It seems that every year after the Superbowl there is controversy about the commercials. This year is not an exception. An ad done by Coca-Cola is the one that is creating the most buzz this year. The ad seemed harmless enough at the start. I assume it was trying to convey that America is a melting pot of people from all over the world that come here. The song America the Beautiful was being sung while showing all the difference ethnicities that make up our country. The song was being sung by a variety of different voices in other languages. Yes that was wrong.
I have blogged about this previously. I am first generation. Proudly so in fact. I grew up in a household that ate foods that may be considered different by a large swath of people in this country. Especially when you consider lutefisk at Christmas time. Believe me when I tell you, it isn't something that Americans widely embrace. I LOVE it. I don't really care that someone else thinks it is gross and unappetizing. It says Christmas to me. I put up my tree on December 13 as is tradition in my family's native country. It is Lucia after all. I eat a great deal of root vegetables and fish. I love Scandinavian candies and cookies.
This was the first Christmas in almost two decades that I was able to go to the Scandinavian club for the Christmas party. I not only enjoyed all the different foods I was able to get, I really enjoyed seeing the people who I grew up around. I hadn't seen many of them since moving to DC almost two decades ago. Although I still would hear about the goings on in their lives through the people I had stayed in contact with.
People have this wrong-headed belief that those who believe that new immigrants should learn English are being told they can't have their own traditions. That somehow in their home they are unable to keep their traditions alive. Simply stupid, I know of no one who is saying that. I do firmly believe that families should keep those things alive for their children. Children should be taught where they come from. They should be taught all the things that make their family and ancestors uniquely what they are. That is part of you. But that doesn't mean that you sing a national song that is uniquely American in another language. Ask yourselves how that would go over in a country such as France. Do you think that the French people would be happy to hear one of their national songs sung in another language? Considering they have a board to help keep slang from entering their language, I think I am pretty safe in saying the answer to that question is no.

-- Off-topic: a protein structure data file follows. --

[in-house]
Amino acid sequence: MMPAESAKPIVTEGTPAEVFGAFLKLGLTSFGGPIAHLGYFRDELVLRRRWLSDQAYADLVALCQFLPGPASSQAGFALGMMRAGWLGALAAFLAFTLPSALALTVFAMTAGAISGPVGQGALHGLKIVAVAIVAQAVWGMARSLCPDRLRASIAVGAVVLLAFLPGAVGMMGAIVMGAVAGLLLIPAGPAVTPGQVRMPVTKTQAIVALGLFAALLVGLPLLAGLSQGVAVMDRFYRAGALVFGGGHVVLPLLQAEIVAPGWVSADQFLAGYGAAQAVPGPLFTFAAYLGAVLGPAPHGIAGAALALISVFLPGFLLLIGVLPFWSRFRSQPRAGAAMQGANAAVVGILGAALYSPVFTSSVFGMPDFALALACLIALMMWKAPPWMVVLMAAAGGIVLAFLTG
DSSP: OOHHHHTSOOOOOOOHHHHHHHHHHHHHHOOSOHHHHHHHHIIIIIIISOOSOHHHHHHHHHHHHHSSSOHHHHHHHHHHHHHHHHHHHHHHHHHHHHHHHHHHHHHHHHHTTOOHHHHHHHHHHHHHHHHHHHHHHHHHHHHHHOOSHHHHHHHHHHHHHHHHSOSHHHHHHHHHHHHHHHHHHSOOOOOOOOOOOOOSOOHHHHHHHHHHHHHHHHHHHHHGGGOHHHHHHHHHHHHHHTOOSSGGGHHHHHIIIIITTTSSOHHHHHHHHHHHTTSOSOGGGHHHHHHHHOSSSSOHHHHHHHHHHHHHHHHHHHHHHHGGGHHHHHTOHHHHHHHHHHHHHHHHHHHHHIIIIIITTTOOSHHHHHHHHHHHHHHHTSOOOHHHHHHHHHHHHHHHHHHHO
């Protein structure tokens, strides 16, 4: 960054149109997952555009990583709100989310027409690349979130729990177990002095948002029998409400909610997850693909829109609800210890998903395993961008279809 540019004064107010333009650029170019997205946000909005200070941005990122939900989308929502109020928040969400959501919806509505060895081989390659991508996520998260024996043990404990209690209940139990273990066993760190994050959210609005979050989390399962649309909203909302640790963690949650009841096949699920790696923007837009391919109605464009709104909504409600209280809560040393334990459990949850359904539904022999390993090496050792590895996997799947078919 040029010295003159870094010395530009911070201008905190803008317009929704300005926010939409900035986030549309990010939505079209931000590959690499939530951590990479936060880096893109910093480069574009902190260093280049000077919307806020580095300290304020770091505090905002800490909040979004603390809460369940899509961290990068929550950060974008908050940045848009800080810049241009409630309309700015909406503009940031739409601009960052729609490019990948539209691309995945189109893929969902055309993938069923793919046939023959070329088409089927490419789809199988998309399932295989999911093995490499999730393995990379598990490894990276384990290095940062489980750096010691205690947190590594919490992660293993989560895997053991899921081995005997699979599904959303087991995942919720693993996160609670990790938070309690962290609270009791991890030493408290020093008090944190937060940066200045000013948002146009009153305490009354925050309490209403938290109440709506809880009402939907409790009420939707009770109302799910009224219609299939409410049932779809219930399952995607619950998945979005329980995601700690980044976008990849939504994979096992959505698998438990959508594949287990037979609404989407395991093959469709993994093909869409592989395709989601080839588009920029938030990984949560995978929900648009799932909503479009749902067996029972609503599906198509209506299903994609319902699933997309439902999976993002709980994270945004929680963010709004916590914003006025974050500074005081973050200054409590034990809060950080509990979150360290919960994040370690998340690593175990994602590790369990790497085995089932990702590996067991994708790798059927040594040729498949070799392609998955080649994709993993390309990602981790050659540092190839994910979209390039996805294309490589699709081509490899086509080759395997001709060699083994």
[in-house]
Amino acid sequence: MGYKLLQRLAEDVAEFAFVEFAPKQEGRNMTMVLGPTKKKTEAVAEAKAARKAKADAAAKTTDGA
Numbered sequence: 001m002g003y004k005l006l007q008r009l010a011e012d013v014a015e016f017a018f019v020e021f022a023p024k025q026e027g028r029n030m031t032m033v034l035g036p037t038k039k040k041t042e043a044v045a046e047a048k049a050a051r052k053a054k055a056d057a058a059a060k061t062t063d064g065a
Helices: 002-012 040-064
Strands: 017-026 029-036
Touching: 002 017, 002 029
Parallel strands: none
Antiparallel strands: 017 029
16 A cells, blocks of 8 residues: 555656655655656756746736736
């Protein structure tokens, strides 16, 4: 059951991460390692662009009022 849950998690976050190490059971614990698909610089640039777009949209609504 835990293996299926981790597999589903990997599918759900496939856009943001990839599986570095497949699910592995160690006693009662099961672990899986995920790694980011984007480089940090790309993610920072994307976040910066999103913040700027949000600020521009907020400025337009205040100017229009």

Should Russia, who is hosting the Olympics starting later this week, have their national songs sung in all the different languages from the countries that will be descending upon them? The answer to that is no. This is no different. It isn't a swipe at immigrants or visitors to their country.
As I said, I grew up around immigrants. Most of my childhood was spent with people who didn't speak English as their first language. On any given holiday you didn't hear much English being spoken. We celebrated the Fourth of July like most Americans did. We had picnics, we ate hotdogs and hamburgers, we went and watched fireworks to celebrate something that was near and dear to the hearts of those immigrants. The promise of the American Dream. That they too could come to this country, work hard, and give their children a better future that they could have ever hoped for in their small town by the Lapland. A town that had little hope at the time after the devastation of World War II. Europe didn't recover as quickly as the U.S. did, or least not the part where my family comes from. These people whose lives started around the time of the depression and the war didn't see many options in their hometowns. They were brave enough to set sail to America (legally, by the way) and make something more for themselves and for their kids. Some of those children were born there, others, like myself, were born here.